Proposed federal legislation, titled H.R. 40, would divert federal funds towards the study of reparations. Congressional attention would be diverted towards the subject of reparations for slave descendants, and while the bill would not yet implement these reparations, Sheryl Gay Stolberg of the New York Times explains that a congressional commission would be created “to develop proposals to address the lingering effects of slavery and consider a ‘national apology’ for the harm it has caused,” (Stolberg). Such a commission would be made up of thirteen members and would receive $12 million in federal funding, as noted by The Philadelphia Inquirer (Russ).
A reasonable question to be raised regarding the implementation of reparations is who would be eligible. This is a question that could be studied and answered by the congressional commission. Professor William Darity, mentioned in Lee’s article for “The 1619 Project,” is cited in the Huffington Post with an answer. Darity proposes that for one to qualify for reparations, that individual would have to provide identity himself on a formal document as “black, African-American, colored or Negro” and have legitimate proof of an enslaved ancestor (Craven). This article also quotes Darity as stating that $9.12 billion would be owed, while economist Larry Neal estimates $6.4 trillion (Craven). This same article responds to questions regarding just how reparation payments could be made, pointing to statistics showing that “in fiscal year 2014, the U.S. government spent $3.5 trillion...only 20% of the nation’s gross domestic product” (Craven). While a lack of widespread support and an abundance of questions surrounding the achievability of reparations casts doubt on the issue, simple questions regarding the issue can be answered through the congressional approval of a commission to study reparations.
Numerous questions surround the subject of reparations. Political gridlock and economic debate have resulted in no legitimate blueprint for implementation. While the subject is controversial, with many skeptics, there is no debate that the legacy of slavery is detrimental to the current lives of black Americans. At the very least, productive research and discourse on the issue are owed to the people who have suffered economic misfortune as a result of centuries of discrimination. Education of the public and outspoken criticism of political leaders who refuse to act will result in long overdue financial compensation for this country’s most painful legacy.
Craven, Julia. “We Absolutely Could Give Reparations To Black People. Here's How.” HuffPost, HuffPost, 23 Feb. 2016, www.huffpost.com/entry/reparations-black-americans-slavery_n_56c4dfa9e4b08ffac1276bd7.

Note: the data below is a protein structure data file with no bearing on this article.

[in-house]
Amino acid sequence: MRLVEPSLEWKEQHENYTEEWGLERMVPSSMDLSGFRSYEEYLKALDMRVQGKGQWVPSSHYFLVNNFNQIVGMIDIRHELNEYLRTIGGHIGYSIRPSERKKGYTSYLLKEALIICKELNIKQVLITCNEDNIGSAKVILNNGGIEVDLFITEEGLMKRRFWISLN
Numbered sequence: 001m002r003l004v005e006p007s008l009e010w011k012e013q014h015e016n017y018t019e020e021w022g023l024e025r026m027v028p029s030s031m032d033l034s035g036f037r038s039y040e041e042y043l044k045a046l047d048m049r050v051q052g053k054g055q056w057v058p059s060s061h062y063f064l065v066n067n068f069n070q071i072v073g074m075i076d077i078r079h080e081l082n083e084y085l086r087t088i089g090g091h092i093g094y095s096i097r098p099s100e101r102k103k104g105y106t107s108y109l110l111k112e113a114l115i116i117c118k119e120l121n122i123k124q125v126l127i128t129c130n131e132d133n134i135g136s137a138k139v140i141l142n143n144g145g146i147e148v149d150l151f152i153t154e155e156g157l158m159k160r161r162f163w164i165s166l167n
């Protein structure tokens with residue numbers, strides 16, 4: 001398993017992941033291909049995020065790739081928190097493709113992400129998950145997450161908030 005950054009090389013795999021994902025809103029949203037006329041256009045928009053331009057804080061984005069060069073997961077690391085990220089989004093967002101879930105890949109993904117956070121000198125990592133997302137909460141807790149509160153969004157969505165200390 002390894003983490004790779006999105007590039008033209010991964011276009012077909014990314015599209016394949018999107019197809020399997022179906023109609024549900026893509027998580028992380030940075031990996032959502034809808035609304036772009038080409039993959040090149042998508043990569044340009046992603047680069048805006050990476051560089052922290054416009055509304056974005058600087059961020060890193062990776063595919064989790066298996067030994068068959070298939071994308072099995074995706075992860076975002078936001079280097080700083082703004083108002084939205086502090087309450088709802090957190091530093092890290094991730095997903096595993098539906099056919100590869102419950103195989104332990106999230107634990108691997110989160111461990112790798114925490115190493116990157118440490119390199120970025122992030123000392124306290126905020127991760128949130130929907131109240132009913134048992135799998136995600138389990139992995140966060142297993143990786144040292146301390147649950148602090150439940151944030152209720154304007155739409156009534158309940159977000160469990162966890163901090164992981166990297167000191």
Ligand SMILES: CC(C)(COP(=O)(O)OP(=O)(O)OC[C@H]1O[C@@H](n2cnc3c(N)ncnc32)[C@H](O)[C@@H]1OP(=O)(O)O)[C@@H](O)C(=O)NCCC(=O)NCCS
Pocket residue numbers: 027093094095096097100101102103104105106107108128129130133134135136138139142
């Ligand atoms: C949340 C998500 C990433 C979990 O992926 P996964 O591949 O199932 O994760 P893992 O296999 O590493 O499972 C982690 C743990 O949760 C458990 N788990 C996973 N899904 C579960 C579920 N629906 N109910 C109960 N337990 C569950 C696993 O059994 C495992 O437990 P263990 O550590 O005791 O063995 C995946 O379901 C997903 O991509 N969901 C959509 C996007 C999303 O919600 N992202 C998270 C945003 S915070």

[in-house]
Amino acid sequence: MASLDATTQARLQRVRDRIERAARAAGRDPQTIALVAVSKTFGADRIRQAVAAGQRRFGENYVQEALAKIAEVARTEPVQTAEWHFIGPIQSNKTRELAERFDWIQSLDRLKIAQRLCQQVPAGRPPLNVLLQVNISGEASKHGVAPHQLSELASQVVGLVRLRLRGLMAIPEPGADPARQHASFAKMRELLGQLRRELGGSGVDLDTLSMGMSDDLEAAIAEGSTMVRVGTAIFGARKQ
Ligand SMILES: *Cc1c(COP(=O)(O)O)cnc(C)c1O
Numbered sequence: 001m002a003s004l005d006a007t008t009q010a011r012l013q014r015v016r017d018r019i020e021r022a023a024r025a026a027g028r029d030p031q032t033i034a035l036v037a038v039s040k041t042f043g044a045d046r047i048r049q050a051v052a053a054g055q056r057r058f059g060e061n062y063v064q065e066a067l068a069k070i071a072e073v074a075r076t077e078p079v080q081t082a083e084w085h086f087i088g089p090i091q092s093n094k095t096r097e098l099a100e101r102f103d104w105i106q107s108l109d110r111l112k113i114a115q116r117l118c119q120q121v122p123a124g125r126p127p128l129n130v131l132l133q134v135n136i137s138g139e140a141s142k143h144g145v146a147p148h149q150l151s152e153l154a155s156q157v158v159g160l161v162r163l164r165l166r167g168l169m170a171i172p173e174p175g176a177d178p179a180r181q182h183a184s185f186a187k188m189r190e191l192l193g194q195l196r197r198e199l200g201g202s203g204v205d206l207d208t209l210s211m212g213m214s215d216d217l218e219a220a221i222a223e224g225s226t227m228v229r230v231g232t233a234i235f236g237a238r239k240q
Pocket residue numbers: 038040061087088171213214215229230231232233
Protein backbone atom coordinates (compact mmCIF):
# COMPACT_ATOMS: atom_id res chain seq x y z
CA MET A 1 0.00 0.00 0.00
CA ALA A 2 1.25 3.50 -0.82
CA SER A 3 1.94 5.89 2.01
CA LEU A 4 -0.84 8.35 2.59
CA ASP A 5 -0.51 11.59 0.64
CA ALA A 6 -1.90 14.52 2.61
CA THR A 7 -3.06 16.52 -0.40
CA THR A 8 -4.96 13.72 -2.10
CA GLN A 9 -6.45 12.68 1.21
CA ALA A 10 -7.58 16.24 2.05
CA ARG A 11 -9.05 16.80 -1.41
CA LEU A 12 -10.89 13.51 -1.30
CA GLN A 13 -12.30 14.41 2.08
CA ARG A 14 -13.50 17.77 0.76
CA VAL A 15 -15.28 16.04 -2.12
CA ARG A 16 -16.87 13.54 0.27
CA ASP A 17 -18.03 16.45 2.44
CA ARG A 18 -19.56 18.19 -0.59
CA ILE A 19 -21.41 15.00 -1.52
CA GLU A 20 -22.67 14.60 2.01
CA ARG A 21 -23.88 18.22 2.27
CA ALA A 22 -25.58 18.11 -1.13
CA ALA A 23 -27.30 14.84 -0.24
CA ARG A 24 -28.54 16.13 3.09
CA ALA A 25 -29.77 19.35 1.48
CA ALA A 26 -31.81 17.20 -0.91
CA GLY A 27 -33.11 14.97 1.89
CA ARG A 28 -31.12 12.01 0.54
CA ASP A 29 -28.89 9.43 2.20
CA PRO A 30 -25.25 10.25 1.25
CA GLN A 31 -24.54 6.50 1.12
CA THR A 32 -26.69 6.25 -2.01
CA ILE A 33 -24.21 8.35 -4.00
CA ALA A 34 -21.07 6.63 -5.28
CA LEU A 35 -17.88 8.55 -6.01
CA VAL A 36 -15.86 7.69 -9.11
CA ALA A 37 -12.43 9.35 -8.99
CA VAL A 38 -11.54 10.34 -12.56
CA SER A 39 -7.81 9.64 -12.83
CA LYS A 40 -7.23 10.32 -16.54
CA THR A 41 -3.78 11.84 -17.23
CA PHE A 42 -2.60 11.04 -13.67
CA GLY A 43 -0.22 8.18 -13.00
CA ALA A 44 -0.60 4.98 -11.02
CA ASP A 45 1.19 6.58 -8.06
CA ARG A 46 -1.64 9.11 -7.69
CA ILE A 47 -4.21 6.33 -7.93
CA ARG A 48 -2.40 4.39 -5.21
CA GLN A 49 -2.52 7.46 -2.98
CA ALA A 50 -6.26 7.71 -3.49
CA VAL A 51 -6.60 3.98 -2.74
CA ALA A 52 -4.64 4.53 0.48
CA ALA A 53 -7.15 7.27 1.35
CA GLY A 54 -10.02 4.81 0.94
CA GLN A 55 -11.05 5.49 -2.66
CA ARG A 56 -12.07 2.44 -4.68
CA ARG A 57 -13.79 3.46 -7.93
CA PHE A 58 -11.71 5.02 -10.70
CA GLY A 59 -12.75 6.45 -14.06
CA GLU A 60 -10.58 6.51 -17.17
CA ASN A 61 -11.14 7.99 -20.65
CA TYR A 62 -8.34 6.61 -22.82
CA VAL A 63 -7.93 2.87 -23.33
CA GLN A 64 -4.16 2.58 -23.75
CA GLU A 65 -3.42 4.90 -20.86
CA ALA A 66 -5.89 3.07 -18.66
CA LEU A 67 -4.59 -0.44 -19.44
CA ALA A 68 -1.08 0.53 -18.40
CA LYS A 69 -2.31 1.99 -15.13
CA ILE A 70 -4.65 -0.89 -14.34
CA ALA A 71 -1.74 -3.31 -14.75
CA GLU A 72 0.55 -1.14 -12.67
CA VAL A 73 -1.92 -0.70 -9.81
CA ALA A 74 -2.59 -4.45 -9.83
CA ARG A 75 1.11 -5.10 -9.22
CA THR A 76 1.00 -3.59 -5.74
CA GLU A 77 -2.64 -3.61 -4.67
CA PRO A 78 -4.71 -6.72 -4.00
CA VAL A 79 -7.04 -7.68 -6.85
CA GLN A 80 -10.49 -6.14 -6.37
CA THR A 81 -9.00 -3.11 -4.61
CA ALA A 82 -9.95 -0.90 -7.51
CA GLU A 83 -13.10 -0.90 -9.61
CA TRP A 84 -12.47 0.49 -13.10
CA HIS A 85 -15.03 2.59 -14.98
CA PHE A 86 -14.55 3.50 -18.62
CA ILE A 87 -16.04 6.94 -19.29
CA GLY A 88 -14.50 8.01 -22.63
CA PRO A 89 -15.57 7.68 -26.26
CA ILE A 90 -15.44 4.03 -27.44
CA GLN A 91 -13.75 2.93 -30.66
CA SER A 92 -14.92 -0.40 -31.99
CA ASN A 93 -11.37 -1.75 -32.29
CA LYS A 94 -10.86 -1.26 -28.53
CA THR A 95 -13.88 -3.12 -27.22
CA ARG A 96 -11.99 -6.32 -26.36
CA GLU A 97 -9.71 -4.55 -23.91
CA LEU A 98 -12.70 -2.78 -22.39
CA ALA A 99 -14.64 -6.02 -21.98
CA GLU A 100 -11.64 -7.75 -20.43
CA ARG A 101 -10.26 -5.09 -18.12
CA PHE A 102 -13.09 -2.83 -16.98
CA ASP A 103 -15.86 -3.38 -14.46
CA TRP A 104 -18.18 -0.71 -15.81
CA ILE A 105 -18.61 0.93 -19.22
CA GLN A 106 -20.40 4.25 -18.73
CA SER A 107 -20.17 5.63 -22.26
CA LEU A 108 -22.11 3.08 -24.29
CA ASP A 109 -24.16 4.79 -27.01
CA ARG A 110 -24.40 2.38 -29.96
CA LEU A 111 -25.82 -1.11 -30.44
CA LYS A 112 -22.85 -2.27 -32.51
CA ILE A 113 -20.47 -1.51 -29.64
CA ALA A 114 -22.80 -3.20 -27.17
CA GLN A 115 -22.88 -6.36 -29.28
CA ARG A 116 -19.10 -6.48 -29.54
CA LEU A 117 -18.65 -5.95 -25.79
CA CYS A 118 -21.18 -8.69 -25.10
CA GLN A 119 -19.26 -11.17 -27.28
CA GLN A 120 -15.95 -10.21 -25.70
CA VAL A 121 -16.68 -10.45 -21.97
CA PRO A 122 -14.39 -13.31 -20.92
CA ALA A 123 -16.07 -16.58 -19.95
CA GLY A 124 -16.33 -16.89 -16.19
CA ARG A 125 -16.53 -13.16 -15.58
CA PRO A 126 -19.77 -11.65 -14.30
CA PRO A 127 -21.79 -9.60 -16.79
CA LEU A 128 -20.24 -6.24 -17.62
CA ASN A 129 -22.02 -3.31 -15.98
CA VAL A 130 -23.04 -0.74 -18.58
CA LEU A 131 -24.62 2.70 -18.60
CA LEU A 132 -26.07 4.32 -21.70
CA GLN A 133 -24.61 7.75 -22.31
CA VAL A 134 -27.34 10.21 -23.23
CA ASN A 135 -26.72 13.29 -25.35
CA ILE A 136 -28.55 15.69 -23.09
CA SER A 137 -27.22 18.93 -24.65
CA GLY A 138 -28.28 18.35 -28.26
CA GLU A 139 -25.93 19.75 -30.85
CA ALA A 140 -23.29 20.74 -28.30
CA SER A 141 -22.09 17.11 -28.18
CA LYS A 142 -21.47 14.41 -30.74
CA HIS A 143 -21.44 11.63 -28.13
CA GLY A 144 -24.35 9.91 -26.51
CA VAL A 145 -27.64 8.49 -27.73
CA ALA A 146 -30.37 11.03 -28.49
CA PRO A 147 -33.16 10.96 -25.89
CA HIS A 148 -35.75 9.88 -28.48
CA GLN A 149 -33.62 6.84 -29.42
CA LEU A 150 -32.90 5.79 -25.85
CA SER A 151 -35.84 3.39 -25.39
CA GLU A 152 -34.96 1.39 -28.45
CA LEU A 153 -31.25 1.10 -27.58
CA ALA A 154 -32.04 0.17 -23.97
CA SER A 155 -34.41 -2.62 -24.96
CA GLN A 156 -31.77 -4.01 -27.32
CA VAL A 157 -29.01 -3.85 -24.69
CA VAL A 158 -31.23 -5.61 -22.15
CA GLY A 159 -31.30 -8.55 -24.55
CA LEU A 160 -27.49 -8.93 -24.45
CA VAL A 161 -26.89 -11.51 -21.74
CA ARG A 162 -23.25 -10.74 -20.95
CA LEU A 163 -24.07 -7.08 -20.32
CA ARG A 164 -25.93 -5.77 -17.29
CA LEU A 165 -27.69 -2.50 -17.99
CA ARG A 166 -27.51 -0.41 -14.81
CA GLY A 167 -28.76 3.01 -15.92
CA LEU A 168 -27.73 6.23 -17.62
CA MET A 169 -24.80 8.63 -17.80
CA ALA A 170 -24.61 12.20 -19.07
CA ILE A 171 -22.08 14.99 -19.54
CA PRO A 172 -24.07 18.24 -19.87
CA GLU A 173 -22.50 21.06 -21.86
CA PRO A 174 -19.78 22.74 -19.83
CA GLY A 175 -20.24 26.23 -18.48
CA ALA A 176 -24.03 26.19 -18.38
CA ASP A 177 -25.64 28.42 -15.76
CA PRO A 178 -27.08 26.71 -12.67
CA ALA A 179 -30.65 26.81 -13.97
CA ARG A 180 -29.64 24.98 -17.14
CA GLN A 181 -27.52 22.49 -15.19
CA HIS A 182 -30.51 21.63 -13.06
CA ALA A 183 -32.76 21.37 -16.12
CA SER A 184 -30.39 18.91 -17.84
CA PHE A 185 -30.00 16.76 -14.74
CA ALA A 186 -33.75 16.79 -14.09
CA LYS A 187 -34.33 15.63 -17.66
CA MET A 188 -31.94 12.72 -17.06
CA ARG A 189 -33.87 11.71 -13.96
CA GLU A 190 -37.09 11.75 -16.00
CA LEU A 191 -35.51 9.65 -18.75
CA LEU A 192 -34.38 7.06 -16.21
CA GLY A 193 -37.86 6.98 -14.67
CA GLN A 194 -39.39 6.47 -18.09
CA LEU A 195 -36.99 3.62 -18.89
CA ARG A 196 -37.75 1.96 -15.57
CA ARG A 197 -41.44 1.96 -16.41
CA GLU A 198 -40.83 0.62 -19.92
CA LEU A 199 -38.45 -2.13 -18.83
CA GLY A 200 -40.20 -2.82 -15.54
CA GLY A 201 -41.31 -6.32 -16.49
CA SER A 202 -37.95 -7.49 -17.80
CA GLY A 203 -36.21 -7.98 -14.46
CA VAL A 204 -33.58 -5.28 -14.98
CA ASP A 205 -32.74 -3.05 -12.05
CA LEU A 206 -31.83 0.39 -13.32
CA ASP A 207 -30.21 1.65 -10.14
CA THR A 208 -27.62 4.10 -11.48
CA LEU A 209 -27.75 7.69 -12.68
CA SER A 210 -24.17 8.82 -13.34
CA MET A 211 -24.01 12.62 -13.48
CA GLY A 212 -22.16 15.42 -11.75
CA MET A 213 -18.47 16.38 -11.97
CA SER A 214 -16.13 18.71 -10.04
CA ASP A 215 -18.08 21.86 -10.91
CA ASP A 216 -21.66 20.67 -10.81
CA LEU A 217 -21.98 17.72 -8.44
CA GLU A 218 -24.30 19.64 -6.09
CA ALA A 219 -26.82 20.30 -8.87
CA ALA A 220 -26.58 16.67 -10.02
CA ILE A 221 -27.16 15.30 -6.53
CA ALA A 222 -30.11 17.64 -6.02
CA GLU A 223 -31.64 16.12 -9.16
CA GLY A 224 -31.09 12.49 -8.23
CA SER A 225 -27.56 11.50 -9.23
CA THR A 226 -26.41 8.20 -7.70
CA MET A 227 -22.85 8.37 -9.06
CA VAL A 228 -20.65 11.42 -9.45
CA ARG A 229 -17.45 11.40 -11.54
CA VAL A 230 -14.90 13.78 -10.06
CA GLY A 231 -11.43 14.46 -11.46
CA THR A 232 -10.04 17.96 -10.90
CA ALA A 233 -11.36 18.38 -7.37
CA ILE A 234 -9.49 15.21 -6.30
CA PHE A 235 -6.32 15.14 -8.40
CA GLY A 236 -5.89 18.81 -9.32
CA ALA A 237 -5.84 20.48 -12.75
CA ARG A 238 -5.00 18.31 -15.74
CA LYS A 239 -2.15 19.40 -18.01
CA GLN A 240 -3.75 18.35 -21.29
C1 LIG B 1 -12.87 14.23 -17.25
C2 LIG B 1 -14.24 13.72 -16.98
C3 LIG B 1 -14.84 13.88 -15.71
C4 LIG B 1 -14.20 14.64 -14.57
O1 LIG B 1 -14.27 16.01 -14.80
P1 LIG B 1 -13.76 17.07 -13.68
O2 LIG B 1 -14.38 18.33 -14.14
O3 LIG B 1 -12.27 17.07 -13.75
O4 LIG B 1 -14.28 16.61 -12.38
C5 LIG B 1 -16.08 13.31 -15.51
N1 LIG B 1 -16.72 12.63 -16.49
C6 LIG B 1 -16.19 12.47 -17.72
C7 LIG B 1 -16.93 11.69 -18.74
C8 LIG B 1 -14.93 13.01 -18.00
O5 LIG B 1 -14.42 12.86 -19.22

Desmond, Matthew. “American Capitalism Is Brutal. You Can Trace That to the Plantation.” The New York Times, The New York Times, 14 Aug. 2019, www.nytimes.com/interactive/2019/08/14/magazine/slavery-capitalism.html.
Ferris State University. “Slavery in America.” Slavery in America - Timeline - Jim Crow Museum - Ferris State University, www.ferris.edu/HTMLS/news/jimcrow/timeline/slavery.htm.
Horowitz, Juliana Menasce. “Most Americans Say the Legacy of Slavery Still Affects Black People in the U.S. Today.” Pew Research Center, Pew Research Center, 17 June 2019, www.pewresearch.org/fact-tank/2019/06/17/most-americans-say-the-legacy-of-slavery-still-affects-black-people-in-the-u-s-today/.
Ivanova, Irina. “If Black Families Were as Rich as White Ones, U.S. Economy Would Be $1.5 Trillion Bigger.” CBS News, CBS Interactive, 20 Aug. 2019, www.cbsnews.com/news/racial-wealth-gap-costs-economy-1-5-trillion-dollars-report-finds/.
Lee, Trymaine. “How America's Vast Racial Wealth Gap Grew: By Plunder.” The New York Times, The New York Times, 14 Aug. 2019, www.nytimes.com/interactive/2019/08/14/magazine/racial-wealth-gap.html.
Russ, Valerie. “What You Need to Know about Reparations after the First Congressional Hearing Convened on the Topic in More than a Decade.” Https://Www.inquirer.com, The Philadelphia Inquirer, 22 June 2019, www.inquirer.com/news/what-are-reparations-america-h-r-40-congressional-hearings-democratic-presidential-candidates-20190619.html.
Stolberg, Sheryl Gay. “At Historic Hearing, House Panel Explores Reparations.” The New York Times, The New York Times, 19 June 2019, www.nytimes.com/2019/06/19/us/politics/slavery-reparations-hearing.html?module=inline.
The Journal of Scholarship at WHS is a peer reviewed journal publishing academic works by emerging scholars at Weymouth Middle and High School.